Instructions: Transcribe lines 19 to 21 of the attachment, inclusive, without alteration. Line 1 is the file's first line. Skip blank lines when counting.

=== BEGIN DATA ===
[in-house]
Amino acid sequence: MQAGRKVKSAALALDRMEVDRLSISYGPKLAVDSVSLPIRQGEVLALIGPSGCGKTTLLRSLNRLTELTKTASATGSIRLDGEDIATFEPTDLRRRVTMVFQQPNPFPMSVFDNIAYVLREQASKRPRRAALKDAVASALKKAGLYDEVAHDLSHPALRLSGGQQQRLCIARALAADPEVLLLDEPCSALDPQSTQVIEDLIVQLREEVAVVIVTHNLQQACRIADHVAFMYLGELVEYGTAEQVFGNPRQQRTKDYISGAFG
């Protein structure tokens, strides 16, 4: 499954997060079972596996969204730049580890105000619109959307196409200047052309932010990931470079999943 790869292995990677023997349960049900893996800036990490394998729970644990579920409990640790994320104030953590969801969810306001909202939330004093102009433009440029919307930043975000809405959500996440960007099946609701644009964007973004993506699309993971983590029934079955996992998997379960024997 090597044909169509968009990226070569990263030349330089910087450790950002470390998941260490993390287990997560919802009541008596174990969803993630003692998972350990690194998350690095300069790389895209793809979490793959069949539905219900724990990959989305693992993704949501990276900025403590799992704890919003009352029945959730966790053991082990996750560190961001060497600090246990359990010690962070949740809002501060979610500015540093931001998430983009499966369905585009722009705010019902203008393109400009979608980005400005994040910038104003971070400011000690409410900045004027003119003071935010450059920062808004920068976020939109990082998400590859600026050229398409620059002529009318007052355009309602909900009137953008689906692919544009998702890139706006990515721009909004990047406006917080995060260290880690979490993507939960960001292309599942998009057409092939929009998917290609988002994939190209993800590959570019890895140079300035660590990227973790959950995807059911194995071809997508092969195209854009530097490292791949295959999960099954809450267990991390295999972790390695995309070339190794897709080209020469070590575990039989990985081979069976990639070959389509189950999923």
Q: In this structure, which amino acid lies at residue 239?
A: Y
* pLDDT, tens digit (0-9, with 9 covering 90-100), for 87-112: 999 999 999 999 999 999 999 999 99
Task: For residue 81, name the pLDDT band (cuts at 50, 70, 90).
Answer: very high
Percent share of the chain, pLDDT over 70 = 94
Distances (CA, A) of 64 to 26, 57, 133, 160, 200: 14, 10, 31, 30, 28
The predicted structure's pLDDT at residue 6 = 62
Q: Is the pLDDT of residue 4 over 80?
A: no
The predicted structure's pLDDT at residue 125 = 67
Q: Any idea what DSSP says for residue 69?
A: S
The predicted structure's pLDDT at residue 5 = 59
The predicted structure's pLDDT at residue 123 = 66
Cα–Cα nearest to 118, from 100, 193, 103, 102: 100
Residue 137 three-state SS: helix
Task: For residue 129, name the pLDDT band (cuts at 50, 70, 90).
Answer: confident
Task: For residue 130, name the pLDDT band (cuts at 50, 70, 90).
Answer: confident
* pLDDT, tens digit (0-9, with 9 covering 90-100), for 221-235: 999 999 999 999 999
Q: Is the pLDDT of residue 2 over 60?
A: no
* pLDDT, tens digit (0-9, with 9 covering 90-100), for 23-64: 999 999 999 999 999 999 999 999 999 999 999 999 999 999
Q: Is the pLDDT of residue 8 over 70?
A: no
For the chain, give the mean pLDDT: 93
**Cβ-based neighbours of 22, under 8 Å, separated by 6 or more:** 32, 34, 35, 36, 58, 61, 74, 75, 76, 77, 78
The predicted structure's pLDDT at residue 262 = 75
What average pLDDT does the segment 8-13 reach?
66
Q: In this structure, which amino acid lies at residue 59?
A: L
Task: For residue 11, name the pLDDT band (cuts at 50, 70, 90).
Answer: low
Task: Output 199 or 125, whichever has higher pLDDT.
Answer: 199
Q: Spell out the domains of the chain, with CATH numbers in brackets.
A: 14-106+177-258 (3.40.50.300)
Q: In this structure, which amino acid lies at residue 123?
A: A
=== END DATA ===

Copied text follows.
Cα–Cα nearest to 118, from 100, 193, 103, 102: 100
Residue 137 three-state SS: helix
Task: For residue 129, name the pLDDT band (cuts at 50, 70, 90).